The sea in the Jordan Rift (Northern Jordan) during Oligocene/Miocene transition with implications to the reconstruction of the geological history of the region
by Klaus Bandel, Hamburg & Rafie Shinaq, Irbid
BANDEL, K. & SHINAQ, R. (2003): The sea in the Jordan Rift (Northern Jordan) during Oligocene/Miocene transition with implications to the reconstruction of the geological history of the region. Freiberger Forschungshefte C 499: Paläontologie, Stratigraphie, Fazies (11): 97-115; Freiberg.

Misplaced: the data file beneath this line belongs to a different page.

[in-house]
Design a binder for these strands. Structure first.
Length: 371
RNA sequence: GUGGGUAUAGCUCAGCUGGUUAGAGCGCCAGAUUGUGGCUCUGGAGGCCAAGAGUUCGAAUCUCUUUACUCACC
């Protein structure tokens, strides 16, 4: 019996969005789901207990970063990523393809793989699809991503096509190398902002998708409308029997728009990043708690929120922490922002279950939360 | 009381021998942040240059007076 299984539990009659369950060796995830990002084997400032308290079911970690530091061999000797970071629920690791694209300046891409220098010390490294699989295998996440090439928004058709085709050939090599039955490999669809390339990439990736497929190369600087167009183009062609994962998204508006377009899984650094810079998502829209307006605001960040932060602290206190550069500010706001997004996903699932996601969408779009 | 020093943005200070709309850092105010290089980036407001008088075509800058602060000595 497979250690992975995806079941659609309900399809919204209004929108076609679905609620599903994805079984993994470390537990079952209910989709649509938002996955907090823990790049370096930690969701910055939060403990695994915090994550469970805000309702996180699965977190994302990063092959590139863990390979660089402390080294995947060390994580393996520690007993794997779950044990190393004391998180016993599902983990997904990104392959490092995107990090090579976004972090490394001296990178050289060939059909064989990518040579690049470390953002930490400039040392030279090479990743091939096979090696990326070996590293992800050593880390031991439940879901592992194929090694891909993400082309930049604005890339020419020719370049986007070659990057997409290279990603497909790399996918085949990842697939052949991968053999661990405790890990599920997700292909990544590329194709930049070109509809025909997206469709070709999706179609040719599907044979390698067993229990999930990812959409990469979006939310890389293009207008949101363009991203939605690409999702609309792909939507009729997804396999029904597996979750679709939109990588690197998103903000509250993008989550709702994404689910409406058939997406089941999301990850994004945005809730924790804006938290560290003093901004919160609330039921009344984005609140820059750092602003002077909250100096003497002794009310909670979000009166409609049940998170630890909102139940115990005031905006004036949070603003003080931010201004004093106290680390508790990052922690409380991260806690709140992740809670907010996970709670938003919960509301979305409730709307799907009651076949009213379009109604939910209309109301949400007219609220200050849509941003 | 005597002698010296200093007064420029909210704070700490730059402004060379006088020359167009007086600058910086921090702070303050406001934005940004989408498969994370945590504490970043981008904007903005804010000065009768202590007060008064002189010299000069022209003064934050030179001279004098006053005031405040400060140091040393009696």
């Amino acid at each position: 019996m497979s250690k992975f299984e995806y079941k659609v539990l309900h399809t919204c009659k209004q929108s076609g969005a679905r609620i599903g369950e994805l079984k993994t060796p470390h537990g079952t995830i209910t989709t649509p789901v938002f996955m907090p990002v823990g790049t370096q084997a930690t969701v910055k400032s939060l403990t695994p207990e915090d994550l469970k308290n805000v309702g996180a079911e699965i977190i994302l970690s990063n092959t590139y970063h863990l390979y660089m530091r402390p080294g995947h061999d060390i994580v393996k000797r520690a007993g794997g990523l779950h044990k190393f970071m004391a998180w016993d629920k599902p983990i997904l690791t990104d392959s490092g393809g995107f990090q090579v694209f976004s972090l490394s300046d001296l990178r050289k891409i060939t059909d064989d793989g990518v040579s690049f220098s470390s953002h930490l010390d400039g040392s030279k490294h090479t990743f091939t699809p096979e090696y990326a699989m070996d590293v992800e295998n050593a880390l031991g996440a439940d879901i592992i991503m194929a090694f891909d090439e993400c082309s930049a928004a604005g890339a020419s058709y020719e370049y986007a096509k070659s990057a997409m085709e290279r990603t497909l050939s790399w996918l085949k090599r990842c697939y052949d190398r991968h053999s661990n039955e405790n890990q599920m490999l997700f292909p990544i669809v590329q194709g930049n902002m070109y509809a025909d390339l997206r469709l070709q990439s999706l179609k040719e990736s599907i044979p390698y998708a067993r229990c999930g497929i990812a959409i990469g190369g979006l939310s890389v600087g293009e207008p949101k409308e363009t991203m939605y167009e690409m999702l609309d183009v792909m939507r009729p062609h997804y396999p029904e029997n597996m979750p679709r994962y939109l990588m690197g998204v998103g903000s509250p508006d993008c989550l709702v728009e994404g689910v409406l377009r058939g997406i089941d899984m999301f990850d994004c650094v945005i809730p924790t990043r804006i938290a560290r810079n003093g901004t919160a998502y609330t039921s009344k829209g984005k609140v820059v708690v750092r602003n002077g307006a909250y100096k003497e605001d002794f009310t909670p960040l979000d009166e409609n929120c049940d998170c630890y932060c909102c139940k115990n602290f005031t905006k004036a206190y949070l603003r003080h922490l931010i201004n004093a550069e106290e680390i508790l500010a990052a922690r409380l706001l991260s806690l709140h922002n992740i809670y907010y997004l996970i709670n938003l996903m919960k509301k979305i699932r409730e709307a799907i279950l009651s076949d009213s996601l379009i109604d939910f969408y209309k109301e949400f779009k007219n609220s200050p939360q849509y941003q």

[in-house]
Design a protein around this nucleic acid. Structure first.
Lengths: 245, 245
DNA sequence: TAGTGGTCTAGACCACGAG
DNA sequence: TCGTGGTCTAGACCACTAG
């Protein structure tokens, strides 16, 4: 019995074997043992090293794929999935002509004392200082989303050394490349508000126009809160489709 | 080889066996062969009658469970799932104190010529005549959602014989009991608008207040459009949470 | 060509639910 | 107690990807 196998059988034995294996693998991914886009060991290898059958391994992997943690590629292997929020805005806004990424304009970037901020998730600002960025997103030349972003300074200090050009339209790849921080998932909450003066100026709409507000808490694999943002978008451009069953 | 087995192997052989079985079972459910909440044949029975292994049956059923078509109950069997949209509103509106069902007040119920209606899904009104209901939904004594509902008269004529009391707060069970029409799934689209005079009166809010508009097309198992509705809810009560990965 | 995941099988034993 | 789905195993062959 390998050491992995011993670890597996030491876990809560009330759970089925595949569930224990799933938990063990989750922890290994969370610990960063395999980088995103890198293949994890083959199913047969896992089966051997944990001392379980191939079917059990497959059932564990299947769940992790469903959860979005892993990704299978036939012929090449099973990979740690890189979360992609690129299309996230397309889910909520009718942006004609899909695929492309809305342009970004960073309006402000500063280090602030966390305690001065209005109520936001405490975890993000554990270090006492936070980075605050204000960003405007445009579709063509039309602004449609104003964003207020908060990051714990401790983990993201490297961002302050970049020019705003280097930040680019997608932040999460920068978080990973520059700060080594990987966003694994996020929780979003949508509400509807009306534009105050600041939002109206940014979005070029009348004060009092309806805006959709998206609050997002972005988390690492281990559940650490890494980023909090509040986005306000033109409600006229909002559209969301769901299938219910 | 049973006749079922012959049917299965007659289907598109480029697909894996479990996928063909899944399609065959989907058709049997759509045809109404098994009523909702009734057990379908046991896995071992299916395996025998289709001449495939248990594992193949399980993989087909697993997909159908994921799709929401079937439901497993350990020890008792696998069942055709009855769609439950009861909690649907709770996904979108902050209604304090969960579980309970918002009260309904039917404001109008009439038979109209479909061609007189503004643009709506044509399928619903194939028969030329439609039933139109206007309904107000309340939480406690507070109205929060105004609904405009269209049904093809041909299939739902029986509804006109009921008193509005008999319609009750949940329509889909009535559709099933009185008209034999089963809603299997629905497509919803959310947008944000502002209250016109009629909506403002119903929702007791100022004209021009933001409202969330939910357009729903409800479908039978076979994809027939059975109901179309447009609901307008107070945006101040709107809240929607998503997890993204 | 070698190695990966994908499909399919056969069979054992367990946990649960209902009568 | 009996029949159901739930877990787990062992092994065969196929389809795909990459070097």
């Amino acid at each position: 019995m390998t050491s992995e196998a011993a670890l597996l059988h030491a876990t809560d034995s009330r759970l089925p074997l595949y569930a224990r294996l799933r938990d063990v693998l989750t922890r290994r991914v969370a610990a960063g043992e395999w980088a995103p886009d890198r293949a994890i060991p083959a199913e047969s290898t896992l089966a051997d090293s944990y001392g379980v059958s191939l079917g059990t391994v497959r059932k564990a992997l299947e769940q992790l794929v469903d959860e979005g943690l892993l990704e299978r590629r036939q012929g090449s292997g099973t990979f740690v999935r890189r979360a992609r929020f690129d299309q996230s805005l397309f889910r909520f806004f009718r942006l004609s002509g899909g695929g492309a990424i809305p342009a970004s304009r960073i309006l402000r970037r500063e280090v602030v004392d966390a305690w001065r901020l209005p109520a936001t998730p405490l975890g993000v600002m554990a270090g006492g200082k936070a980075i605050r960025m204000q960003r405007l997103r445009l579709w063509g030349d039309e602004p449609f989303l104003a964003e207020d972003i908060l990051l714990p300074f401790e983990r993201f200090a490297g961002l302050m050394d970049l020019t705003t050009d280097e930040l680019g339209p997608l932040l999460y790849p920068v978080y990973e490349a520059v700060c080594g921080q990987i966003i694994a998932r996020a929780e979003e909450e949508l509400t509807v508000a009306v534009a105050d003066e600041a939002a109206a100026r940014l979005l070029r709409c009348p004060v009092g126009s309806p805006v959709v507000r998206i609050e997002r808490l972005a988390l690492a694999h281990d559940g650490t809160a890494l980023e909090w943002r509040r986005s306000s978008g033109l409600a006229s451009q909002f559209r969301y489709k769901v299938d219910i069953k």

During Late Cretaceous and Paleogene the shelf of the Arabian-African Continent in the area of north-western Jordan was differentiated into basins and swells, but received pelagic sediment, predominantly chalk. In the basin at the Wadi al Arab near Irbid deposition was not interrupted when the Cretaceous ended. With the end of the Eocene and begin of the Oligocene the sea withdrew and the area was uplifted and eroded. Rivers formed which in contrast to those of southern Jordan that continued across the land to end in the Mediterranean Sea ended in a newly forming and strongly subsiding rift valley. This depression was connected by a seaway to the north of Jordan with the Indo-Pacific Ocean in which sedimentation continued with perhaps an intermission during the late Chattian (transition from latest Oligocene into the Miocene). The shore of the sea within the northern Jordan Rift is documented from the modern slope and base in the Jordan Valley between Shuna near Yarmouk River and Wadi al Qarn near Abu Habil to the south. The sections near Waqqas documents flooding of the eroded Paleogene, near shore deposition, the presence of a shallow warm sea with rich marine fauna during the Aquitanian and its change into a salty environment with only cyanobacteria living during the Burdigalian. Into the near-shore environment rivers coming from the east deposited pebbles documenting erosion that uncovered continuously older beds of Paleogene age above to Late Cretaceous age below. An ancient river bed exposed near Awsara to the north of Ajlun Dome can be fitted with the near-shore marine deposits of Tayba Formation near Abu Habil exposed at almost Jordan River level. From a chalky bed found here a fauna of foraminifers is evaluated. Miocene deposition ended under the influence of very salty water and following sedimentation was that of Pliocene rivers and lakes. The Jordanian outcrops are related to subsurface data from the Rift only a few kilometers to the NW of Shuna. The Jordan Rift was active during the early Miocene, the graben became deepened and salt was deposited. The Dead Sea Transform fault has its position to the West of the exposures at Shuna, Waqqas and Abu Habil. Deformation was again strong during the end of the Pliocene, and subsidence continues.